Sunk Costs

Occasionally we run into customers who are reluctant to use Disco because they have large sunk costs in the software they currently use.  While people are free to make decisions based on whatever criteria they choose, we think that particular analysis is not correct.

A sunk cost is a cost that has already been incurred and cannot be recovered. Compare that with a prospective cost, which is a cost that might be incurred when a decision is made.  Economic theory states that people should consider prospective costs but should not let sunk costs influence decisions because doing so does not allow for making a decision exclusively on the merits. However, sunk costs greatly affect many people’s decisions because they don’t want to “lose” the money they have already spent. This is the sunk cost fallacy.

The sunk cost fallacy is often seen in a reluctance to abandon projects in which a person has already invested considerable resources. People want a good return on their investments and have a genuine interest in making their efforts worthwhile. People also tend to hold on to an investment despite evidence that the investment will not produce the returns they had hoped.  No one wants to feel that they wasted time or money.  

The key to avoiding the sunk cost fallacy is to remove any past investment from the decision making calculus.  Since the costs have been incurred and cannot be recovered, they should simply not be considered at all in making future decisions.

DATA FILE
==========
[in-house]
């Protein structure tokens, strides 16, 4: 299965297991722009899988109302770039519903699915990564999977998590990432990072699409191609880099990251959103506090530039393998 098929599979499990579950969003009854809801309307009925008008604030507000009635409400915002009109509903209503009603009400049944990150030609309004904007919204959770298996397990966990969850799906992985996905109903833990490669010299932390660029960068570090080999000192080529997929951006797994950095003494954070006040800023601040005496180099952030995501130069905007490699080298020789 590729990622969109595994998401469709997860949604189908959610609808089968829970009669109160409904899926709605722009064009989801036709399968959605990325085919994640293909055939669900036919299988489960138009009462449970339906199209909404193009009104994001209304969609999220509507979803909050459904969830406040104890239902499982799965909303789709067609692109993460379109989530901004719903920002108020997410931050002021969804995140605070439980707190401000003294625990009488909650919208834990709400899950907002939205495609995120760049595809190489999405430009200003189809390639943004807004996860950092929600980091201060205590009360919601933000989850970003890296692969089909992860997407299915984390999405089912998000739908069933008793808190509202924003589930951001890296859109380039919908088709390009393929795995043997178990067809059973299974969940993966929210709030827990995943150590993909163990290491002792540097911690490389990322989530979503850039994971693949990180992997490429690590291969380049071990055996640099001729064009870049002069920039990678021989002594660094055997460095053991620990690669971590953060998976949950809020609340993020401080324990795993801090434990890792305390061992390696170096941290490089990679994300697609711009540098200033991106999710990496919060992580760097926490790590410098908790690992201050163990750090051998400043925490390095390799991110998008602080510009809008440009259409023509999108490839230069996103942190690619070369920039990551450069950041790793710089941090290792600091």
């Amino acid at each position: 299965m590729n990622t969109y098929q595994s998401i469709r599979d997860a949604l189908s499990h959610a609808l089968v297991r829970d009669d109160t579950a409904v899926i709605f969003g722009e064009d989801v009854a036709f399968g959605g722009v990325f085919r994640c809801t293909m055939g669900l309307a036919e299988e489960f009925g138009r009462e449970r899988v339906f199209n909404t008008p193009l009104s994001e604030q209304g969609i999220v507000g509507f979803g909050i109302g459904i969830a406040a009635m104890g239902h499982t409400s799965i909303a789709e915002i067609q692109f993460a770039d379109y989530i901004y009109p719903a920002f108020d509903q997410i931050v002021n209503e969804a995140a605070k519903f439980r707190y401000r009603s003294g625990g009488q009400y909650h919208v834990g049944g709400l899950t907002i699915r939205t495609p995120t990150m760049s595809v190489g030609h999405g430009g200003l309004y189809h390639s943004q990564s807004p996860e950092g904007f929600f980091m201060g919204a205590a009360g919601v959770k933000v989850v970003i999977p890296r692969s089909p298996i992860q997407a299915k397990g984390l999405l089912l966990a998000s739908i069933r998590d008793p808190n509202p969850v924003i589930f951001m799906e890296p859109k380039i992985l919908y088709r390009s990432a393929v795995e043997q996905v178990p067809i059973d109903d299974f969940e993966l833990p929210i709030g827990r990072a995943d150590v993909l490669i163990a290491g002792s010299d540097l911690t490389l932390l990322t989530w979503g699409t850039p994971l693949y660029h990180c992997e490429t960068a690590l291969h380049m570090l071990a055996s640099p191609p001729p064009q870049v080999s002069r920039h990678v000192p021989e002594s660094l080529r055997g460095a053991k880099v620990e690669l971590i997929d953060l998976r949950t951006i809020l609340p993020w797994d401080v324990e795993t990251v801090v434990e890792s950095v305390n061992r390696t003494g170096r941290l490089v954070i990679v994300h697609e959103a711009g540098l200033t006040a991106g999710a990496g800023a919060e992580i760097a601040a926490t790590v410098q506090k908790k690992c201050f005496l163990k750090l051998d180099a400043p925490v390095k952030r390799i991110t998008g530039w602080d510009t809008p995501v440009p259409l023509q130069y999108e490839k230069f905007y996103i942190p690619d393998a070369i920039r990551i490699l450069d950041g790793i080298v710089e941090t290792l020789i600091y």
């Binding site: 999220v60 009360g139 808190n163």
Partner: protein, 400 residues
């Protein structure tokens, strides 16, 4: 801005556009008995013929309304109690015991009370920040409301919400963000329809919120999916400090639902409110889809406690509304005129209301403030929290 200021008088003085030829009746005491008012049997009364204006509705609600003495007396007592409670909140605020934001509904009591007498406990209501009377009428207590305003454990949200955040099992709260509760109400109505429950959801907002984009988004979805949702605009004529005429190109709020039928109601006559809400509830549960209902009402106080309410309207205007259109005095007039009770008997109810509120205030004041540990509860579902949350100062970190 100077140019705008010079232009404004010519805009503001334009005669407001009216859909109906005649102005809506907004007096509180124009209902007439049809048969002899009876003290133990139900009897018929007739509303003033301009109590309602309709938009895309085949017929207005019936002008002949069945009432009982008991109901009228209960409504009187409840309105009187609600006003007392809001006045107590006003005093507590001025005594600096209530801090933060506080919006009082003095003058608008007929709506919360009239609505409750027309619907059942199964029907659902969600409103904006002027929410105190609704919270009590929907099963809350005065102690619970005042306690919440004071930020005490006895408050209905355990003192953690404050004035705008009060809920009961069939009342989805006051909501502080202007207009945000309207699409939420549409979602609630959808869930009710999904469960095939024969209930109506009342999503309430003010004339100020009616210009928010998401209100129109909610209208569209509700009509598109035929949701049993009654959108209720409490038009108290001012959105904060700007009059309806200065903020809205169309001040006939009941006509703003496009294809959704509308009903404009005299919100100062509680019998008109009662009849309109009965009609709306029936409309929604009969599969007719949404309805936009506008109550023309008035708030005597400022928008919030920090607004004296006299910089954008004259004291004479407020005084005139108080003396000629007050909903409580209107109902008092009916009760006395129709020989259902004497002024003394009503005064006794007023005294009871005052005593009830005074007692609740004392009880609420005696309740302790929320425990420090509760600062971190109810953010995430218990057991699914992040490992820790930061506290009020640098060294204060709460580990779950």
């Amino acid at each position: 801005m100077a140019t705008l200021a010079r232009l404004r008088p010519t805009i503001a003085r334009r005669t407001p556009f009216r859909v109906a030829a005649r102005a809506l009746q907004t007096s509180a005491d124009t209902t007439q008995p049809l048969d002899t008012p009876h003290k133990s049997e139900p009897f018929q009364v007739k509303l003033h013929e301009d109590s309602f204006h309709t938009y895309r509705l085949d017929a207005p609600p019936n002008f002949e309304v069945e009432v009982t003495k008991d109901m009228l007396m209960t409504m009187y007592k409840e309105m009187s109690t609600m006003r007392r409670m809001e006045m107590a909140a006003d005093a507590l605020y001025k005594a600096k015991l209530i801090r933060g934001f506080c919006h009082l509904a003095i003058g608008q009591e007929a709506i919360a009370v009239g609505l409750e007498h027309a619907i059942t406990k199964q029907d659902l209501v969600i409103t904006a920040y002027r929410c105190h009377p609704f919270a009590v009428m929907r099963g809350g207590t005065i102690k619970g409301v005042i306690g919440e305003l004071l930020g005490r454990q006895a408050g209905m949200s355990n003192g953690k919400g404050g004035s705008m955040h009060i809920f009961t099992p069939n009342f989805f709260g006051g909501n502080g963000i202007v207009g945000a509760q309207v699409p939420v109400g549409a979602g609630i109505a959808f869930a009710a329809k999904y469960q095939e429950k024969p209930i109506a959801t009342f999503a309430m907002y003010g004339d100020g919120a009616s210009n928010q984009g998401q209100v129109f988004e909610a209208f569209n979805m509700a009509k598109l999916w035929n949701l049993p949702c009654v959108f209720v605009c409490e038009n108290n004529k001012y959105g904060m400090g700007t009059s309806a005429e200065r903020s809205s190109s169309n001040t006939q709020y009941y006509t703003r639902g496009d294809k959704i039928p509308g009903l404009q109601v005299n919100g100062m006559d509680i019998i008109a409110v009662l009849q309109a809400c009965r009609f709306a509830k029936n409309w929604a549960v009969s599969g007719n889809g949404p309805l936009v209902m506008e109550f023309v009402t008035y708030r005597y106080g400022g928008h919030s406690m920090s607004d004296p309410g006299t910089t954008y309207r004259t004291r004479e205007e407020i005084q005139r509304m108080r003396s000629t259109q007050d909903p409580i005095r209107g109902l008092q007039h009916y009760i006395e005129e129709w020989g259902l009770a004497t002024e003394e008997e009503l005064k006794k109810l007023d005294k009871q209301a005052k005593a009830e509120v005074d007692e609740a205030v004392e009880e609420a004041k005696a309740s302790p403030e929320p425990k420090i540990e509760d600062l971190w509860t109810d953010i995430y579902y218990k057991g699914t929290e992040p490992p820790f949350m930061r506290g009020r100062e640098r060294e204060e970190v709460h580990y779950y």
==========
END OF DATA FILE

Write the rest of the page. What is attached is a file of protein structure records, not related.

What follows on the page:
Let’s take an e-discovery software to illustrate the point.  Let’s say Company X has been marketing review software for one year and is presented the opportunity to sell Disco at the end of that first year.  Chances are that Company X had to pay a yearly license fee for its current review software.  It likely had a yearly fee to license the software it used to process the data for loading into the review software.  It also likely paid 2-3 employees to run the processing software.  Hypothetically, if the review license costs $10,000/year, the processing license costs $15,000/year, and the employees are paid $25,000/year each, Company X had costs of $75,000-$100,000.  The company has also likely invested significant resources hiring salespeople to sell the review software and training people how to use it.  This is in addition to the per gigabyte fee for storage in the review platform.  Those are sunk costs that cannot be recovered.   These same costs are also prospective costs for year two for the incumbent review platform, costs which Disco does not have.

It’s easy to see why Company X might feel tied to the software package it currently offers. However, the correct economic analysis is to ask which software will make the most money in the future (including evaluating prospective costs), and not to think about how much has already been spent.  When the company applies the correct economic analysis, however, we think the correct decision becomes clear. 

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